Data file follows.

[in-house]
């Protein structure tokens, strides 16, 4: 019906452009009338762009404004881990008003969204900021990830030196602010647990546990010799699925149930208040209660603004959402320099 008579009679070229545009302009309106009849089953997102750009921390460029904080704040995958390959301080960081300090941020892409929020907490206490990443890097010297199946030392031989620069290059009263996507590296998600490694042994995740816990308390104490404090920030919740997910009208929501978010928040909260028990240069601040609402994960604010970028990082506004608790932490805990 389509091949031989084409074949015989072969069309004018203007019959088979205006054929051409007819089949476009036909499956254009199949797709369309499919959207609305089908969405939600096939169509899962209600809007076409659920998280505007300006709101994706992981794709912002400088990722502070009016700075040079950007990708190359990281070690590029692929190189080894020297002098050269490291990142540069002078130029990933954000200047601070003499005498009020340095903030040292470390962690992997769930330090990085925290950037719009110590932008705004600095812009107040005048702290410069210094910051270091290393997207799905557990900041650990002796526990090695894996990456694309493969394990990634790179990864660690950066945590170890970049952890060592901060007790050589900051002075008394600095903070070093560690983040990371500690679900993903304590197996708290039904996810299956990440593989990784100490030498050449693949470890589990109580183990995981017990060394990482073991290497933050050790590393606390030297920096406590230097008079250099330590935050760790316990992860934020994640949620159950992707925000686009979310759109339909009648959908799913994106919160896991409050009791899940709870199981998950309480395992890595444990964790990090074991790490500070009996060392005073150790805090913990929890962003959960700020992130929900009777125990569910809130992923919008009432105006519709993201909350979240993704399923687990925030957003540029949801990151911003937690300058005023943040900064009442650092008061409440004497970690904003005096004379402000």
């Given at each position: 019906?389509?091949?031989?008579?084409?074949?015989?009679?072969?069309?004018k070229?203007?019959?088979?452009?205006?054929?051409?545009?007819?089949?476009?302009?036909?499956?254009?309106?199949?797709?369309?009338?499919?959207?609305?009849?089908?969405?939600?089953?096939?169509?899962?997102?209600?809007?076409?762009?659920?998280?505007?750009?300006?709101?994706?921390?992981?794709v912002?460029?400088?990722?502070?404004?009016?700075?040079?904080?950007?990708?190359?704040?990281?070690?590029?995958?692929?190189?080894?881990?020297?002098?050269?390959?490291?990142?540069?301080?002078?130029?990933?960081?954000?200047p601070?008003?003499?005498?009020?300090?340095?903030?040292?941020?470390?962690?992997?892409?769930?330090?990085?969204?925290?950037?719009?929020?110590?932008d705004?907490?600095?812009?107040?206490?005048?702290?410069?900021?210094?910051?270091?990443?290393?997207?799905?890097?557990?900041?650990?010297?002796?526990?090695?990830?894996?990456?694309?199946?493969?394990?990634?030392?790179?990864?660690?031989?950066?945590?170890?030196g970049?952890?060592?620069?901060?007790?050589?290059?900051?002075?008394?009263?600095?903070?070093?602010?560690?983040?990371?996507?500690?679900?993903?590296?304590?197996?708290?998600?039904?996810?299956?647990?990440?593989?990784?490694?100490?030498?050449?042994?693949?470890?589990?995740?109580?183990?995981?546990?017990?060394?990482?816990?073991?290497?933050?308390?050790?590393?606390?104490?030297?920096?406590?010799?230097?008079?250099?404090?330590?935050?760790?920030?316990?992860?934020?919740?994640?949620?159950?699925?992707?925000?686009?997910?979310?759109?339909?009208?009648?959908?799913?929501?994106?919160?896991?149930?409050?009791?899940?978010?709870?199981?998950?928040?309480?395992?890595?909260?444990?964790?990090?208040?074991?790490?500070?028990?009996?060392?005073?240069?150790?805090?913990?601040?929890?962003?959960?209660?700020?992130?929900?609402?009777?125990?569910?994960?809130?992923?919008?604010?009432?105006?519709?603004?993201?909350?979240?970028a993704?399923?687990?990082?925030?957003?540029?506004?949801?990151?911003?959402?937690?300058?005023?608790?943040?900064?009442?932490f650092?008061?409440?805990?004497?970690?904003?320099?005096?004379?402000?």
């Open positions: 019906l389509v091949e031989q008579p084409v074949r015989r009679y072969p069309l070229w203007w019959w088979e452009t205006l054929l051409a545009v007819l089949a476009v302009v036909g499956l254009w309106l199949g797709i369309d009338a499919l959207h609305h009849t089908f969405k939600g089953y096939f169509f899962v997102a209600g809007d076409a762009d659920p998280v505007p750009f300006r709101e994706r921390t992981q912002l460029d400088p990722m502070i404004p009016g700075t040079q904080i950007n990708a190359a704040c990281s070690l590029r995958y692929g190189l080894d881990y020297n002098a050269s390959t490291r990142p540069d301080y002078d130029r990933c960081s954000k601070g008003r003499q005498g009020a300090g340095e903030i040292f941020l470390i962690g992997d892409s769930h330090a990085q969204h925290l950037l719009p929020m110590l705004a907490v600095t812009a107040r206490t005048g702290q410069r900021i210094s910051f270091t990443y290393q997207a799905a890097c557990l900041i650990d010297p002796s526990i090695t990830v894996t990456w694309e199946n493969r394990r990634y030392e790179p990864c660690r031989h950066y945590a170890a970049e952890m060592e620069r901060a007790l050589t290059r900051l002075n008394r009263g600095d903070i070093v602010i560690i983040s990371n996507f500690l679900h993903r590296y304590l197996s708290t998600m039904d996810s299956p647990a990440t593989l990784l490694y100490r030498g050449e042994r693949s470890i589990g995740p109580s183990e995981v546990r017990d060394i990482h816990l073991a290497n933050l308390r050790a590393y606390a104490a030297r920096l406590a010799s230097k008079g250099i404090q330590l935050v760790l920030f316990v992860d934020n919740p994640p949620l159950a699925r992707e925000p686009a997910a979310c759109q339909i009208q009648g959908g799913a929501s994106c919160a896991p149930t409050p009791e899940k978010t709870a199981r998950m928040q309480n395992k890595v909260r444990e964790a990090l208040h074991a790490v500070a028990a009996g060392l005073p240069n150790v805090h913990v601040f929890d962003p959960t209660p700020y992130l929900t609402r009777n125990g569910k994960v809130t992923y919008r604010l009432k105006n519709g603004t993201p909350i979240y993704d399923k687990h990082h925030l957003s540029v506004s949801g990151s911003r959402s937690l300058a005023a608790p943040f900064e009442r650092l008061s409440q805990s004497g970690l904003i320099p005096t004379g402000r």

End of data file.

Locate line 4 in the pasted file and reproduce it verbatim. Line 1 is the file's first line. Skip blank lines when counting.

């Open positions: 019906l389509v091949e031989q008579p084409v074949r015989r009679y072969p069309l070229w203007w019959w088979e452009t205006l054929l051409a545009v007819l089949a476009v302009v036909g499956l254009w309106l199949g797709i369309d009338a499919l959207h609305h009849t089908f969405k939600g089953y096939f169509f899962v997102a209600g809007d076409a762009d659920p998280v505007p750009f300006r709101e994706r921390t992981q912002l460029d400088p990722m502070i404004p009016g700075t040079q904080i950007n990708a190359a704040c990281s070690l590029r995958y692929g190189l080894d881990y020297n002098a050269s390959t490291r990142p540069d301080y002078d130029r990933c960081s954000k601070g008003r003499q005498g009020a300090g340095e903030i040292f941020l470390i962690g992997d892409s769930h330090a990085q969204h925290l950037l719009p929020m110590l705004a907490v600095t812009a107040r206490t005048g702290q410069r900021i210094s910051f270091t990443y290393q997207a799905a890097c557990l900041i650990d010297p002796s526990i090695t990830v894996t990456w694309e199946n493969r394990r990634y030392e790179p990864c660690r031989h950066y945590a170890a970049e952890m060592e620069r901060a007790l050589t290059r900051l002075n008394r009263g600095d903070i070093v602010i560690i983040s990371n996507f500690l679900h993903r590296y304590l197996s708290t998600m039904d996810s299956p647990a990440t593989l990784l490694y100490r030498g050449e042994r693949s470890i589990g995740p109580s183990e995981v546990r017990d060394i990482h816990l073991a290497n933050l308390r050790a590393y606390a104490a030297r920096l406590a010799s230097k008079g250099i404090q330590l935050v760790l920030f316990v992860d934020n919740p994640p949620l159950a699925r992707e925000p686009a997910a979310c759109q339909i009208q009648g959908g799913a929501s994106c919160a896991p149930t409050p009791e899940k978010t709870a199981r998950m928040q309480n395992k890595v909260r444990e964790a990090l208040h074991a790490v500070a028990a009996g060392l005073p240069n150790v805090h913990v601040f929890d962003p959960t209660p700020y992130l929900t609402r009777n125990g569910k994960v809130t992923y919008r604010l009432k105006n519709g603004t993201p909350i979240y993704d399923k687990h990082h925030l957003s540029v506004s949801g990151s911003r959402s937690l300058a005023a608790p943040f900064e009442r650092l008061s409440q805990s004497g970690l904003i320099p005096t004379g402000r």